The Jewish Chronicle
“I will dwell in the midst of the children of Israel and I will be their God” Exodus 29:45
VWHAT does it mean for God to dwell in our midst?
There are four parashiyot dedicated to the Tabernacle in the desert. If the Children of Israel had not sinned and as a consequence had to stay in the desert for 40 years, the Tabernacle may only have served its purpose for a few months.
Nor was it going to be the blueprint for the Temples that stood in Jerusalem, as they had completely different dimensions. If such time and effort went into both the building and narration of a relatively short-term project, it must offer some profound insight into the foundations of our faith.
The unique quality of the Tabernacle was that it travelled with the Jewish people, in contrast to the two Temples, to which one needed to travel. This powerful symbol expresses God’s desire to journey with human beings through life.
In the years following World War Two my grandfather, Rabbi Maurice Lew, advocated that shuls should emulate the concept of the Tabernacle. He spoke passionately of synagogues not only being houses of worship but also offering educational, cultural and welfare activities.
He wrote: “The synagogue must aim in uniting heaven and earth — the highest ideals of our religious life with the needs of our everyday worldly life… Some may sneer that this is an attempt to sugar-coat heaven with the sweets of the earth, but those would only do so because of their misunderstanding of the true spirit of Judaism.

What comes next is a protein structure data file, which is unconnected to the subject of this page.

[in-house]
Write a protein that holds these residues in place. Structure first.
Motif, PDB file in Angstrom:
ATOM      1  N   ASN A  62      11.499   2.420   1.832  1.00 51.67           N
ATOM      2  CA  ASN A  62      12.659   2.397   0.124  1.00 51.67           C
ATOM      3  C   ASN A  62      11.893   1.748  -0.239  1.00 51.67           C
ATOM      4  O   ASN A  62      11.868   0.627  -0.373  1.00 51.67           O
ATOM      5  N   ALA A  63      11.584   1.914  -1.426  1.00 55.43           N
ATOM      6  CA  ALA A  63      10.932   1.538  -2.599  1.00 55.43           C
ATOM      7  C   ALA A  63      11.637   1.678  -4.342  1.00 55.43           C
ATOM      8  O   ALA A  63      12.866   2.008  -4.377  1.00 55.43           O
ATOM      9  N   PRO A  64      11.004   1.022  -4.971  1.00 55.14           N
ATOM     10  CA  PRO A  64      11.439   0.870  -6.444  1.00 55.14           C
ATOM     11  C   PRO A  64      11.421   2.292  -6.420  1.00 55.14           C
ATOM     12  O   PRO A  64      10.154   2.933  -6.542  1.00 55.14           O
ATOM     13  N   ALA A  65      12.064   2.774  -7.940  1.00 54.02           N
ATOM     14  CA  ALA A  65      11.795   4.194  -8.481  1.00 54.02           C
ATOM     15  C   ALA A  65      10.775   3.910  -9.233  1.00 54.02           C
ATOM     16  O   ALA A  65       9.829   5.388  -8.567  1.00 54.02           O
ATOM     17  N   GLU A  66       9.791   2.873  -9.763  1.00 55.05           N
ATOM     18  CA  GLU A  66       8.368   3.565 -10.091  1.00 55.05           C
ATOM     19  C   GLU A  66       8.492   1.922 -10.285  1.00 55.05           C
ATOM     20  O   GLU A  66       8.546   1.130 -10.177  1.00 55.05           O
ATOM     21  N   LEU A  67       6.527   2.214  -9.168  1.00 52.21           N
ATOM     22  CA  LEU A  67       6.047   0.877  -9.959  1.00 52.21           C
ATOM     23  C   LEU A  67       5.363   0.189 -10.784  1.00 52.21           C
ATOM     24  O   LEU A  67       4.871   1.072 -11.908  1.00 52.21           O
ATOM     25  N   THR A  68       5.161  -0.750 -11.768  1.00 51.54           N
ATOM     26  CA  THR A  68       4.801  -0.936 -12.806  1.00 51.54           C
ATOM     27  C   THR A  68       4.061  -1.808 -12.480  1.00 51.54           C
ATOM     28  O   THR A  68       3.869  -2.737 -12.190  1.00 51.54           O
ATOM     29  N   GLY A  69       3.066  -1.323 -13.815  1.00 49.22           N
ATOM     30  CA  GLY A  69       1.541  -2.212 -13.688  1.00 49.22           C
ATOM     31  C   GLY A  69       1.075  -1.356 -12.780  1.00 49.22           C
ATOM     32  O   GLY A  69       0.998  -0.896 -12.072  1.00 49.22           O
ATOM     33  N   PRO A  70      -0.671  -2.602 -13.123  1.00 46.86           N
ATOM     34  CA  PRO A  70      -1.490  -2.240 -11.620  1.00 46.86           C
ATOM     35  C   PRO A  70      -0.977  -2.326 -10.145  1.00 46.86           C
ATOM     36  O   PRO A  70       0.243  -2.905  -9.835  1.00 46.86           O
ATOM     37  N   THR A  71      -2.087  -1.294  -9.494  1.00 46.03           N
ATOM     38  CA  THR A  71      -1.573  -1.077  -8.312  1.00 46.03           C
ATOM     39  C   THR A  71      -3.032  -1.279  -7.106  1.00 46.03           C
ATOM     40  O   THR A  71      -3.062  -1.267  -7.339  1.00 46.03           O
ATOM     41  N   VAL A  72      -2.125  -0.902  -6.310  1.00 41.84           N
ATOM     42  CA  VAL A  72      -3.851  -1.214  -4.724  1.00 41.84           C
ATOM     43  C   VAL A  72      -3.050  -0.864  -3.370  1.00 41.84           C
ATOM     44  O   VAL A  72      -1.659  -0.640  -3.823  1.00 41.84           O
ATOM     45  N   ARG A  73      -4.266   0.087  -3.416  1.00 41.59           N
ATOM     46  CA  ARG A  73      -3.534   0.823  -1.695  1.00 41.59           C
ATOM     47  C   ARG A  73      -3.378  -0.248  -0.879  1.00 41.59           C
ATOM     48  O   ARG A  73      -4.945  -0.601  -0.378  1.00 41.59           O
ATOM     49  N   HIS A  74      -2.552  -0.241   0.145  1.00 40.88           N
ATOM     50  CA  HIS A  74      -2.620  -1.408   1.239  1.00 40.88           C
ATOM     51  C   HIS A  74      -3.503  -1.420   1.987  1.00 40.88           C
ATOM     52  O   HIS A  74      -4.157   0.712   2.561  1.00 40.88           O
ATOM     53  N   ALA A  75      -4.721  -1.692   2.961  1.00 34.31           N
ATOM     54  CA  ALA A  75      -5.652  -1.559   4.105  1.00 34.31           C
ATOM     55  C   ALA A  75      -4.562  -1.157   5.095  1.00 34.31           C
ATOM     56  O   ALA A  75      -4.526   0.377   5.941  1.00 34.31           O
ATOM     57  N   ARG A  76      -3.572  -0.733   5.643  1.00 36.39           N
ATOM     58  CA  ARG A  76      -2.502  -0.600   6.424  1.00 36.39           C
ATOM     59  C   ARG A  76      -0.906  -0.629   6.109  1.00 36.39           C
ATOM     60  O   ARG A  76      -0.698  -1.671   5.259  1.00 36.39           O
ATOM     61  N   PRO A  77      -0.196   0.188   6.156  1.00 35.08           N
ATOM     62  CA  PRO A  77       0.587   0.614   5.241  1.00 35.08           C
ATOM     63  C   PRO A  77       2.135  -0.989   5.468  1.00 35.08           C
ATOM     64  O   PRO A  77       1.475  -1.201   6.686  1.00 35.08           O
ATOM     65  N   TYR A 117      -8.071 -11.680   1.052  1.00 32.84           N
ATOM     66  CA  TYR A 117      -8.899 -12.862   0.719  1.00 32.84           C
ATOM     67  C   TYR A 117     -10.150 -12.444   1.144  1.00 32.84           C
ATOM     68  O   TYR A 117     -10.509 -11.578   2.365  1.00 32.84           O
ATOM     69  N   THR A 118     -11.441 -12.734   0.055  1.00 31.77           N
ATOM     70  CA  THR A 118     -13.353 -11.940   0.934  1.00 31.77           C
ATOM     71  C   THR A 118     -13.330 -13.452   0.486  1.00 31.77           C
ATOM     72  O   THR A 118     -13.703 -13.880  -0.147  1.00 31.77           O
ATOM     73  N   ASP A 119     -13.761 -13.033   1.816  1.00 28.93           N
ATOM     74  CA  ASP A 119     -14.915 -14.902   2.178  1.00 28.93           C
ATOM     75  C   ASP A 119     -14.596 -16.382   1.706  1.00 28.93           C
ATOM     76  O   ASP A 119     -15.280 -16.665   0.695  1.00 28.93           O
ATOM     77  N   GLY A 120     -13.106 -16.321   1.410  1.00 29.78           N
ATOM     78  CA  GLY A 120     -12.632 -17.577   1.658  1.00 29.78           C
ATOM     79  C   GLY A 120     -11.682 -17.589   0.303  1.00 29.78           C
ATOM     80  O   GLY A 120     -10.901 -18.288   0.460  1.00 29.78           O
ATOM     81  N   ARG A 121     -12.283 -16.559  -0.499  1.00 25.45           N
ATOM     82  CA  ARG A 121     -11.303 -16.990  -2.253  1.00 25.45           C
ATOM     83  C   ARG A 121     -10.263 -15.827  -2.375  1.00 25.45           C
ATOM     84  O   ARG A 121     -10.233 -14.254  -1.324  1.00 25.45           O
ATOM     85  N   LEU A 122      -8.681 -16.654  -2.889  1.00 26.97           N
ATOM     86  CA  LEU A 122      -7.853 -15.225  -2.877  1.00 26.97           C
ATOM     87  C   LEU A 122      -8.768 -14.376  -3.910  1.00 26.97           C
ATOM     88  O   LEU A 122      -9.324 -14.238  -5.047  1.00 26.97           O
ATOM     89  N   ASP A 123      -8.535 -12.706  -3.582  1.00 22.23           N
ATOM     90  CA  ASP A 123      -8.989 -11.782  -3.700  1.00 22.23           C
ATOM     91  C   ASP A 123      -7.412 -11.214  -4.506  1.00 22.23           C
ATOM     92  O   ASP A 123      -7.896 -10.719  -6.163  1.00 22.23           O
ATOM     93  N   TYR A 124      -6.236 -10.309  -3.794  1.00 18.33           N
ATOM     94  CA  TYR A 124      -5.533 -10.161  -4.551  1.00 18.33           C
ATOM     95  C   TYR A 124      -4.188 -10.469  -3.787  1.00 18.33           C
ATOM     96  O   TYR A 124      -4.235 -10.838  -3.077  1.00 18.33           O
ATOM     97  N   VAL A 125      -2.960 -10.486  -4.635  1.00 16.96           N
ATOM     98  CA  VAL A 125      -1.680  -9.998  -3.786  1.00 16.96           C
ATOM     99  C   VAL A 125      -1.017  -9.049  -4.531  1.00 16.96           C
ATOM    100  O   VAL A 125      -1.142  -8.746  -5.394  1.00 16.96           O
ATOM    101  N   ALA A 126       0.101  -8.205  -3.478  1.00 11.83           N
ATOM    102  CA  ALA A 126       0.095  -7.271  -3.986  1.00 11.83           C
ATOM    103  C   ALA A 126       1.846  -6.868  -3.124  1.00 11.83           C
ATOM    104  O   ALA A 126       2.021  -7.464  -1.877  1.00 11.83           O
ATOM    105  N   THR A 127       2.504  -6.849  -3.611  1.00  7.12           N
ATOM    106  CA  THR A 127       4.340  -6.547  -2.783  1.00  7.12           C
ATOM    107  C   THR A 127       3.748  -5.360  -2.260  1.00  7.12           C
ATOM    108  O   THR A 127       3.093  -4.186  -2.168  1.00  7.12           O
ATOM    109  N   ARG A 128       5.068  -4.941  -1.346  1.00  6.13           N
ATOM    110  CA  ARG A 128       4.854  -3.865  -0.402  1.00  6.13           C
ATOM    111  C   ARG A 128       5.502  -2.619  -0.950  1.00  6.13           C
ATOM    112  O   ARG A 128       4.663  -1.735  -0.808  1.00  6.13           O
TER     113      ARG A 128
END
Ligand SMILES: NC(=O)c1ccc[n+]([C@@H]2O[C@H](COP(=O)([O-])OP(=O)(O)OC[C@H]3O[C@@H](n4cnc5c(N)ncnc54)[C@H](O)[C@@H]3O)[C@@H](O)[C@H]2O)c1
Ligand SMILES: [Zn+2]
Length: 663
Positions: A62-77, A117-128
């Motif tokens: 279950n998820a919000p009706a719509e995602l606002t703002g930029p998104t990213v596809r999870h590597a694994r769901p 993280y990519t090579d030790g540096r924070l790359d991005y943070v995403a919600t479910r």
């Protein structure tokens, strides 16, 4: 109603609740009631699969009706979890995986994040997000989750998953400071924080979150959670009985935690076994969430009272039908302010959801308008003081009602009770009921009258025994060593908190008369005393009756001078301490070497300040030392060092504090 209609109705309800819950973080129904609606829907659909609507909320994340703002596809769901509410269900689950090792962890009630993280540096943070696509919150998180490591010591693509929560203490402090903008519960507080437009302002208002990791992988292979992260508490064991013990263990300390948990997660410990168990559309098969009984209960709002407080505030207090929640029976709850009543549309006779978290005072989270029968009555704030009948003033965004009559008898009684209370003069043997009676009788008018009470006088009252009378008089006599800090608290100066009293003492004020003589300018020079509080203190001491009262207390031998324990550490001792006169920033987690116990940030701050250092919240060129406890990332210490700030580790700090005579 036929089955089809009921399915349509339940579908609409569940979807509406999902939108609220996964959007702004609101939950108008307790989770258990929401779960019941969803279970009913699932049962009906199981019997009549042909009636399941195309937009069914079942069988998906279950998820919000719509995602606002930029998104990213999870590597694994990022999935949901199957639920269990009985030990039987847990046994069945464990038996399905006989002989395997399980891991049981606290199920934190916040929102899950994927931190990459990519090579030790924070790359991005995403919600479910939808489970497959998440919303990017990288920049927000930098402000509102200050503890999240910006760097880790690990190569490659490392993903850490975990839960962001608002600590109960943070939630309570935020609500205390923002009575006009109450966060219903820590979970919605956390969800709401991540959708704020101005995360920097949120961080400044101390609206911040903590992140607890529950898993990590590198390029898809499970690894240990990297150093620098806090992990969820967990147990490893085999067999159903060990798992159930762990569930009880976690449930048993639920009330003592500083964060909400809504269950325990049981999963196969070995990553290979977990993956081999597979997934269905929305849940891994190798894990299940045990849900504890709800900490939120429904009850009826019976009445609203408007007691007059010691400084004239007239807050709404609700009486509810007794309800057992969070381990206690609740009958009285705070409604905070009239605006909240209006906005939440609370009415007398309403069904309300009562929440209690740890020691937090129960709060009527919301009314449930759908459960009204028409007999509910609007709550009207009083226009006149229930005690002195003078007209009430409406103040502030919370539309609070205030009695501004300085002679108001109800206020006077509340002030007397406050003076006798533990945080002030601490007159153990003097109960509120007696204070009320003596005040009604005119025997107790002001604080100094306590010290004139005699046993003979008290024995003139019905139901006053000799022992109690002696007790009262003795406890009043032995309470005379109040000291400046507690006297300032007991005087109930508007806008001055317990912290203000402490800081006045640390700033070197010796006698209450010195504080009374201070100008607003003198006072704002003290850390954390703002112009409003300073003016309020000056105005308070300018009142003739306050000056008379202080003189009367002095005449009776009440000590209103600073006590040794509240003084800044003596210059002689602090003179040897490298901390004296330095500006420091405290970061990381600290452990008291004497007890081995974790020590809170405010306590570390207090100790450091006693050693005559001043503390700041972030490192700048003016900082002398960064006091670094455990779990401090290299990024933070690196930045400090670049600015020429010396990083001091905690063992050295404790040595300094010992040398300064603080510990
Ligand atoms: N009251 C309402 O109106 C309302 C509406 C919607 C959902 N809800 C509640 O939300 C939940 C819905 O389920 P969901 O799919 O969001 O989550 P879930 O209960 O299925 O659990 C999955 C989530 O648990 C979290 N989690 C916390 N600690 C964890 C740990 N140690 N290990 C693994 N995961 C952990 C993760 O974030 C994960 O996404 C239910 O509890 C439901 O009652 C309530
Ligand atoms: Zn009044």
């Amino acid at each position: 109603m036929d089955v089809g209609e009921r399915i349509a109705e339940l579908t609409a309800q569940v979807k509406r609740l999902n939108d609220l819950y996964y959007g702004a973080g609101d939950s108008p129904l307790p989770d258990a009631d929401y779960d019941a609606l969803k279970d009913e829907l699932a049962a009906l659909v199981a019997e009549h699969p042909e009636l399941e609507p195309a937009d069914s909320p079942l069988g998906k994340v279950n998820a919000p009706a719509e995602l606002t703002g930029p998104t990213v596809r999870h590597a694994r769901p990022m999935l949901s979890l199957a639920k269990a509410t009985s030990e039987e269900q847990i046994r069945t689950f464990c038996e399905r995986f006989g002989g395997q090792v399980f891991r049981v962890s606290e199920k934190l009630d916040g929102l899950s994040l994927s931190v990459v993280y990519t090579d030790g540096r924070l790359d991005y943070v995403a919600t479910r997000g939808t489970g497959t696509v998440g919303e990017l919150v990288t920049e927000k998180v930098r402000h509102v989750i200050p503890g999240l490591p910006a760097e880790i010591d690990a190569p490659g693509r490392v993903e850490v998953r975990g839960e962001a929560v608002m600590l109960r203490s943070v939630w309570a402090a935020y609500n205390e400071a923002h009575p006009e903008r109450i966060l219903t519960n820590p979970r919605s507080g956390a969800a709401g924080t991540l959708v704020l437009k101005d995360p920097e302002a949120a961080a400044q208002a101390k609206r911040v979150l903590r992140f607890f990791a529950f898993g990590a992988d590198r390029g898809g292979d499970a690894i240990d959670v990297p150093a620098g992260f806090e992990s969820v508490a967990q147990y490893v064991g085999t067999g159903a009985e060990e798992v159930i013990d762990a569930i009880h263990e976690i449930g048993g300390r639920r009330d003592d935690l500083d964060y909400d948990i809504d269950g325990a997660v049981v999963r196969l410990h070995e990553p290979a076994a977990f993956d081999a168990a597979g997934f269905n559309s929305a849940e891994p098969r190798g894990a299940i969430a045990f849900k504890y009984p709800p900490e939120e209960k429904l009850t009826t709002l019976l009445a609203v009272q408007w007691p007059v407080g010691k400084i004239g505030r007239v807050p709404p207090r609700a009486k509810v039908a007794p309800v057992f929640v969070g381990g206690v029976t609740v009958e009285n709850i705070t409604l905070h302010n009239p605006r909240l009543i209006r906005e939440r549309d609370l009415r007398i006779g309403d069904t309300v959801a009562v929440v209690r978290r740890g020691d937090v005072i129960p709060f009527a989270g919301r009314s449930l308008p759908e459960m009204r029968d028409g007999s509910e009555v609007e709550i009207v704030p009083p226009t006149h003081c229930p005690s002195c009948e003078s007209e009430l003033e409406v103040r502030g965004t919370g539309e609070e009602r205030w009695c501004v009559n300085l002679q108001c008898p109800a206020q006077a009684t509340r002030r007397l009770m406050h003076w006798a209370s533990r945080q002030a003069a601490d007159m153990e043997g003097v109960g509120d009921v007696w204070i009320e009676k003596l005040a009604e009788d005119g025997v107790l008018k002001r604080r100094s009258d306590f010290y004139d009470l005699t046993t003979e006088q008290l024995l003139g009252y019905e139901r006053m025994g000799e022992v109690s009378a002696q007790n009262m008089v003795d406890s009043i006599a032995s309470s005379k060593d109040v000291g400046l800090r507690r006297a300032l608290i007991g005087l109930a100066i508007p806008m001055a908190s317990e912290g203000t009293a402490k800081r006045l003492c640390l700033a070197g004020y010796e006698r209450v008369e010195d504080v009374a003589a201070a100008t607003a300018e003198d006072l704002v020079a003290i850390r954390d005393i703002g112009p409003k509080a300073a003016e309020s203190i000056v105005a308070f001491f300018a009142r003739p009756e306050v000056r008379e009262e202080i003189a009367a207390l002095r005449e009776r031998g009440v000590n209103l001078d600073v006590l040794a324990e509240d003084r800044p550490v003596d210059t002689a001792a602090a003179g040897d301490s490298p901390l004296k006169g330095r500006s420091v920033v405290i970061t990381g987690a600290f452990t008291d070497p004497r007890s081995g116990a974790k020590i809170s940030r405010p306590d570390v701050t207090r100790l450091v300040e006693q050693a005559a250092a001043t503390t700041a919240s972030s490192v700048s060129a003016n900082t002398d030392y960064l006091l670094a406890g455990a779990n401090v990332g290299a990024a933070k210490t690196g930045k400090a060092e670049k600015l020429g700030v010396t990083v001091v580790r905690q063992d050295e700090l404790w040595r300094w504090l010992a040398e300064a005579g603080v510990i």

“We may indeed learn from the first synagogue, the sanctuary in the wilderness how to make it into a useful instrument in moulding and fashioning life before us”.
The sages called the shul a “mini temple”. Whether we go every day or just once a year, it is a place where we connect spiritually. In many ways over the last year our faith communities have reverted from “temple” to “tabernacle”. We have had to replace the shul with the home.
Out-of-the-box thinking and community spirit has found ways for shul to come to us. The challenge that lies ahead of us will be how we blend “temple” and “tabernacle” models, reinstating the synagogue as a sacred physical space, while maintaining the transcendent spirituality we have had to work so hard to discover.